My niece’s wedding was perfect! Well, maybe not perfect, but lovely, and a nice expression of her and her new husband’s tastes and aspirations. The flowers, the dresses, the decorations, the food, the cake, the music — all beautiful. Having the ceremony on a beach in Santa Barbara was risky. There could be members of the public who insisted on playing horse shoes throughout the ceremony (which there were) or trains barreling past sounding their horns (which there almost were). But no one was too upset when a little kid knocked a toy ball under the bride’s train and dived in to retrieve it, or when couple of kids in swimsuits sat in the back row. The sky was blue, the sea was calm, and the happy couple seemed well and fully in love.
I was relieved that the clergyman kept his remarks brief and focused on the couple he was hitching. How unfortunate it is when preachers take weddings (and funerals) as marketing opportunities. This one did not, and his remarks were warm and upbeat. Of course, nobody knows what particular words might actually help two young people undertaking the awesome task of joining their separate lives. In this case, at least, no harm was done, and maybe a little good.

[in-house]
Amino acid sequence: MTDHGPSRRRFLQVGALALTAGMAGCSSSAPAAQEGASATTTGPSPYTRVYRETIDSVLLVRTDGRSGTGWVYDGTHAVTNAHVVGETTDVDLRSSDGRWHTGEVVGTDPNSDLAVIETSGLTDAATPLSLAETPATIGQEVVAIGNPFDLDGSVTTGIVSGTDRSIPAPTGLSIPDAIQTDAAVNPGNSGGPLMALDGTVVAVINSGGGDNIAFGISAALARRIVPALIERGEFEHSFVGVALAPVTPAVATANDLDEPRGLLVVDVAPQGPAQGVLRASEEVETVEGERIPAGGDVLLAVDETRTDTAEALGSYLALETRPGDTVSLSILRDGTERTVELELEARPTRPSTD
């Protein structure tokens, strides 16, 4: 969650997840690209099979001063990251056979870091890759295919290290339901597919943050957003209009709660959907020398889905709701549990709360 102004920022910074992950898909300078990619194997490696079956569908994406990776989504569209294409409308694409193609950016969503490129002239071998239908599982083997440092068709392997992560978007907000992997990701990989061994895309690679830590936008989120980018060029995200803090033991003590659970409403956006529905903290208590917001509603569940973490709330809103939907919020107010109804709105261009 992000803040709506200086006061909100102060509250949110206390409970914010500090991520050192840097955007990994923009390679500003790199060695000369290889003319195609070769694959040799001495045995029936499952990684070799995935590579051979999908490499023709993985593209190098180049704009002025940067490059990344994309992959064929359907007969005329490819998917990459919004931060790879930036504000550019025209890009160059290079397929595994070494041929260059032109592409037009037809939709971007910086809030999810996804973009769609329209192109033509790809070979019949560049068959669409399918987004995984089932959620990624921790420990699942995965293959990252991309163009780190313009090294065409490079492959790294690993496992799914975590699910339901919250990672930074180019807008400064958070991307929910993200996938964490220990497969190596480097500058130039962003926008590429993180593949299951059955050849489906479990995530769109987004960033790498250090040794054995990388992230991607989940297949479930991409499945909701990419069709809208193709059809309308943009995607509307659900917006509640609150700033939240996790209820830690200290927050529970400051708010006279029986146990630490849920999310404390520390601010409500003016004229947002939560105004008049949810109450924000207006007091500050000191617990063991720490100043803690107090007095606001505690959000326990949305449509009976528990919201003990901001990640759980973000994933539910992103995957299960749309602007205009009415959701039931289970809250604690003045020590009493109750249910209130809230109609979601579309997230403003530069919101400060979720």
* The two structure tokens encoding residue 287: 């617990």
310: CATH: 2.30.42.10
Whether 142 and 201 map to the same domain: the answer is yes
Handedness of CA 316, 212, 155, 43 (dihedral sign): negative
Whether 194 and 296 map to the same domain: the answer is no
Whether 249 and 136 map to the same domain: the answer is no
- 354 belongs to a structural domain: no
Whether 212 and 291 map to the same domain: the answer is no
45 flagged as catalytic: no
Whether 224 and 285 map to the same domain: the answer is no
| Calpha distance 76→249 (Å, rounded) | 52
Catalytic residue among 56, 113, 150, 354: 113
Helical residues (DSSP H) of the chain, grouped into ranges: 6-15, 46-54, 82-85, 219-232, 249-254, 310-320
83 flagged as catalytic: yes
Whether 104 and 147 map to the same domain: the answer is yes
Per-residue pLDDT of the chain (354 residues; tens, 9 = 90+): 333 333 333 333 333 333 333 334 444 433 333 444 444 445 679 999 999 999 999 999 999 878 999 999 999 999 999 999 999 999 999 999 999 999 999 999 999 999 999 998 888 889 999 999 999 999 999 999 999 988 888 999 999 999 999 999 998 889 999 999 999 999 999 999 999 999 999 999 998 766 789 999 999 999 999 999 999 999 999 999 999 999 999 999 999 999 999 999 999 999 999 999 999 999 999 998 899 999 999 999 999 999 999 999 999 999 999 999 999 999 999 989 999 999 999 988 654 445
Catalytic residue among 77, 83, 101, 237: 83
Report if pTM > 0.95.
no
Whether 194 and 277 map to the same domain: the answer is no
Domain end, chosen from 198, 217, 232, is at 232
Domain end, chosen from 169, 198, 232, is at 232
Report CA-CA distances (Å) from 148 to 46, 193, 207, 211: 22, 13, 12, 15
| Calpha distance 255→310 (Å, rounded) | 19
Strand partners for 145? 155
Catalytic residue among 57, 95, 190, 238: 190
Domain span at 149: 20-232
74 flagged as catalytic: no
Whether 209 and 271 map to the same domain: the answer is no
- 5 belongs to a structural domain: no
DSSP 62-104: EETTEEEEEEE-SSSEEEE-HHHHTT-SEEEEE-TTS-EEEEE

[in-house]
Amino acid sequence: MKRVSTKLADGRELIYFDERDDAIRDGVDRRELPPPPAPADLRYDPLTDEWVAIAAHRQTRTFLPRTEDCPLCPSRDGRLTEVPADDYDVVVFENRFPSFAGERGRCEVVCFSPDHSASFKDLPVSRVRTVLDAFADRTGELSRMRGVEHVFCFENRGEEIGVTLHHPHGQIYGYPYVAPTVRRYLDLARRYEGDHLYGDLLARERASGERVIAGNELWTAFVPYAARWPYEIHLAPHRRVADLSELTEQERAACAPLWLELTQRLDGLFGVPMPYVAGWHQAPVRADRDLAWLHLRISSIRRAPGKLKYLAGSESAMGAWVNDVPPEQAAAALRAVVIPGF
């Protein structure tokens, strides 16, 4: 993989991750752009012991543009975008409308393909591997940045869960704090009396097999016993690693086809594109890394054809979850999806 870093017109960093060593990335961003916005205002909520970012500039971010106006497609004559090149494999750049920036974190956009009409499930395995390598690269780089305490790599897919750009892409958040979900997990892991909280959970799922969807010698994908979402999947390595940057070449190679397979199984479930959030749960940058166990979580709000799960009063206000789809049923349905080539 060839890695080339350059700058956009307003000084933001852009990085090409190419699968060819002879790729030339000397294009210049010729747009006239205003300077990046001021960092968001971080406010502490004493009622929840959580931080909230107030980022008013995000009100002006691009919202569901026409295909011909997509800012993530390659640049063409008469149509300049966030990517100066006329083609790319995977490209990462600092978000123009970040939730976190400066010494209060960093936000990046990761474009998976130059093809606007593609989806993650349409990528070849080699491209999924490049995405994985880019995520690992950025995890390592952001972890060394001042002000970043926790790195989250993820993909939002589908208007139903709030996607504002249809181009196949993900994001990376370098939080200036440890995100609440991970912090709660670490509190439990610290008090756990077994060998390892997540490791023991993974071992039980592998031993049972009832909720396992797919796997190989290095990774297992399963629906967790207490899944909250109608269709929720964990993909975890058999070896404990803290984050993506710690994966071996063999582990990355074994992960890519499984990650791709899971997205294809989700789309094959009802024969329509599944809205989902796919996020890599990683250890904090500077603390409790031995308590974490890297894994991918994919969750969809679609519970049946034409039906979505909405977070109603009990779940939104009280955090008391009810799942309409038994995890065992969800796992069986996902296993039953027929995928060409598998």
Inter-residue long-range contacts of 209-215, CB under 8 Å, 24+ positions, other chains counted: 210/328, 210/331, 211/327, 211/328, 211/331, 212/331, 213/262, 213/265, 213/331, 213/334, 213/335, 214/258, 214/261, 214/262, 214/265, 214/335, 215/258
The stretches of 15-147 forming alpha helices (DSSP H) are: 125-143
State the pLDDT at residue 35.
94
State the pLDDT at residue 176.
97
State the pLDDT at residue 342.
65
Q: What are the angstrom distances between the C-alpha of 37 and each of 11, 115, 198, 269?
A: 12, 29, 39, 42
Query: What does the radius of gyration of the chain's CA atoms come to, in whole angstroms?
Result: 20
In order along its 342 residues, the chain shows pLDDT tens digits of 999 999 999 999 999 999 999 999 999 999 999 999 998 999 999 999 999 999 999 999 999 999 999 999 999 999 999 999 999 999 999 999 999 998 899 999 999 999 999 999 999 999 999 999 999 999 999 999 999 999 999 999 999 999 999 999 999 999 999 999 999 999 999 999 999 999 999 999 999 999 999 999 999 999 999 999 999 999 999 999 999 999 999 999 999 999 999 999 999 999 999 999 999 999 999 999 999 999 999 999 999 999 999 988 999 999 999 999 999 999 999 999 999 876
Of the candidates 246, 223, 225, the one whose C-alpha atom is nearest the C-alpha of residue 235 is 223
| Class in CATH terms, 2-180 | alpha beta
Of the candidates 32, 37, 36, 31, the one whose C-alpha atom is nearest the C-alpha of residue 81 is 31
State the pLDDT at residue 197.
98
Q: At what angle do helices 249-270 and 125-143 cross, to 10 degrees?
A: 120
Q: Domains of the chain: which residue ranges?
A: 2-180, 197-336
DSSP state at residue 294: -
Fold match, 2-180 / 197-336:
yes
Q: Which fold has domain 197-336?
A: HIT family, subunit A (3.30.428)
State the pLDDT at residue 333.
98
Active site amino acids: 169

Almost by definition, weddings idealize families, and at the same time they bring into focus the oddities and sorrows in the particular families at issue. So it was here. Estrangements, old resentments, oddities, illnesses, old age, memories of the beloved departed. Plenty of things we don’t like to talk about and would not be proud to celebrate. Are there any perfect families? It’s doubtful.
But it was good to focus as a big family on two young people and their aspirations. Good to focus on the reality of love. Whatever else St. Paul got wrong, he was right about this – love is the greatest!